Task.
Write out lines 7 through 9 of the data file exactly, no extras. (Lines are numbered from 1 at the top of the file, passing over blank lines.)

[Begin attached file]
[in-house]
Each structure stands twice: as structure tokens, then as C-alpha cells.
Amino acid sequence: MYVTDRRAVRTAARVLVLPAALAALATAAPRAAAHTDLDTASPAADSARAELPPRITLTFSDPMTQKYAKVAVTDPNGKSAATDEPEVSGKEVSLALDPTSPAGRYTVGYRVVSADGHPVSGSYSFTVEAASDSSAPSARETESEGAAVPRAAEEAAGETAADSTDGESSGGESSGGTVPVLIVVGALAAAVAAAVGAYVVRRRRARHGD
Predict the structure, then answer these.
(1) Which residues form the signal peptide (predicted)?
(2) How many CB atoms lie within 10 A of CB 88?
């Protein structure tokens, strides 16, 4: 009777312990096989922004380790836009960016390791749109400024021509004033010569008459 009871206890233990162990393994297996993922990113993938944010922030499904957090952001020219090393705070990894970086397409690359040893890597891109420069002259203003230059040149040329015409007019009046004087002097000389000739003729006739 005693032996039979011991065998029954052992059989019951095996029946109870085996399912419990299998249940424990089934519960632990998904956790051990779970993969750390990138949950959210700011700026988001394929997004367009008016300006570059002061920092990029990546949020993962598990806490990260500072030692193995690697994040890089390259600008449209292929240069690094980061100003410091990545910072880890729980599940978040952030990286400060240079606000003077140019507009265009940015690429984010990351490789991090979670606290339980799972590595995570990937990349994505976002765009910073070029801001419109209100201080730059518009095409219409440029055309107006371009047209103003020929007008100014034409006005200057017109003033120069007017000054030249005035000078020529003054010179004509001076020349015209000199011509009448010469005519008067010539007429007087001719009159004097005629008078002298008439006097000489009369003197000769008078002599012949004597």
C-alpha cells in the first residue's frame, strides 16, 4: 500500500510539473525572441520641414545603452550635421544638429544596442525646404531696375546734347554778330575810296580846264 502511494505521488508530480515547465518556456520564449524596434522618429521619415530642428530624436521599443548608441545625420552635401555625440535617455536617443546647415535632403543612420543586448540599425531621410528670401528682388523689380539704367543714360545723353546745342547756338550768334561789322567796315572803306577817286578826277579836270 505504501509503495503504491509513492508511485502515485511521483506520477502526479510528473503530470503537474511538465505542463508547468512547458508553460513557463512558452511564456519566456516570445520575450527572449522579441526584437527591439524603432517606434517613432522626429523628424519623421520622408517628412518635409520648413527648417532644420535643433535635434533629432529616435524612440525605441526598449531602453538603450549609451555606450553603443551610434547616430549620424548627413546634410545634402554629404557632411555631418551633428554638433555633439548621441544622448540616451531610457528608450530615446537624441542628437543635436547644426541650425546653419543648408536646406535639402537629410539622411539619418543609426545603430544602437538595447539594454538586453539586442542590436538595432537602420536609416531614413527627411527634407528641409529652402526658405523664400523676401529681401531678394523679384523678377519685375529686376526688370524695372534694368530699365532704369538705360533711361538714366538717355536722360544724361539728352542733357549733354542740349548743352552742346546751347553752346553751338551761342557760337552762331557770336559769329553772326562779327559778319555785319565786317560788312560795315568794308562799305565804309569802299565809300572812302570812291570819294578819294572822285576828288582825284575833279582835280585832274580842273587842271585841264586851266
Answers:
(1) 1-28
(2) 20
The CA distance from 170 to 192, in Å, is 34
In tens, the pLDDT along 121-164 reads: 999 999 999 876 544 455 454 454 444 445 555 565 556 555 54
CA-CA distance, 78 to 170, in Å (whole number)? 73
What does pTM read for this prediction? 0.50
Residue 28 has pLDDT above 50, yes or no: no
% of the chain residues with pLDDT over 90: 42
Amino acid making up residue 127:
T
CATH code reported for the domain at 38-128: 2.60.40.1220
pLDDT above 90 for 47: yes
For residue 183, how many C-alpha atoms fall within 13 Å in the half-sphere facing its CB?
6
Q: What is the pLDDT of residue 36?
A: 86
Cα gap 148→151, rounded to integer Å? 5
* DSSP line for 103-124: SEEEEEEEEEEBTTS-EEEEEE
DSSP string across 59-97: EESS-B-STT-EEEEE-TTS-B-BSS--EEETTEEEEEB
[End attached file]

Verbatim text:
């Protein structure tokens, strides 16, 4: 009777312990096989922004380790836009960016390791749109400024021509004033010569008459 009871206890233990162990393994297996993922990113993938944010922030499904957090952001020219090393705070990894970086397409690359040893890597891109420069002259203003230059040149040329015409007019009046004087002097000389000739003729006739 005693032996039979011991065998029954052992059989019951095996029946109870085996399912419990299998249940424990089934519960632990998904956790051990779970993969750390990138949950959210700011700026988001394929997004367009008016300006570059002061920092990029990546949020993962598990806490990260500072030692193995690697994040890089390259600008449209292929240069690094980061100003410091990545910072880890729980599940978040952030990286400060240079606000003077140019507009265009940015690429984010990351490789991090979670606290339980799972590595995570990937990349994505976002765009910073070029801001419109209100201080730059518009095409219409440029055309107006371009047209103003020929007008100014034409006005200057017109003033120069007017000054030249005035000078020529003054010179004509001076020349015209000199011509009448010469005519008067010539007429007087001719009159004097005629008078002298008439006097000489009369003197000769008078002599012949004597």
C-alpha cells in the first residue's frame, strides 16, 4: 500500500510539473525572441520641414545603452550635421544638429544596442525646404531696375546734347554778330575810296580846264 502511494505521488508530480515547465518556456520564449524596434522618429521619415530642428530624436521599443548608441545625420552635401555625440535617455536617443546647415535632403543612420543586448540599425531621410528670401528682388523689380539704367543714360545723353546745342547756338550768334561789322567796315572803306577817286578826277579836270 505504501509503495503504491509513492508511485502515485511521483506520477502526479510528473503530470503537474511538465505542463508547468512547458508553460513557463512558452511564456519566456516570445520575450527572449522579441526584437527591439524603432517606434517613432522626429523628424519623421520622408517628412518635409520648413527648417532644420535643433535635434533629432529616435524612440525605441526598449531602453538603450549609451555606450553603443551610434547616430549620424548627413546634410545634402554629404557632411555631418551633428554638433555633439548621441544622448540616451531610457528608450530615446537624441542628437543635436547644426541650425546653419543648408536646406535639402537629410539622411539619418543609426545603430544602437538595447539594454538586453539586442542590436538595432537602420536609416531614413527627411527634407528641409529652402526658405523664400523676401529681401531678394523679384523678377519685375529686376526688370524695372534694368530699365532704369538705360533711361538714366538717355536722360544724361539728352542733357549733354542740349548743352552742346546751347553752346553751338551761342557760337552762331557770336559769329553772326562779327559778319555785319565786317560788312560795315568794308562799305565804309569802299565809300572812302570812291570819294578819294572822285576828288582825284575833279582835280585832274580842273587842271585841264586851266
Answers: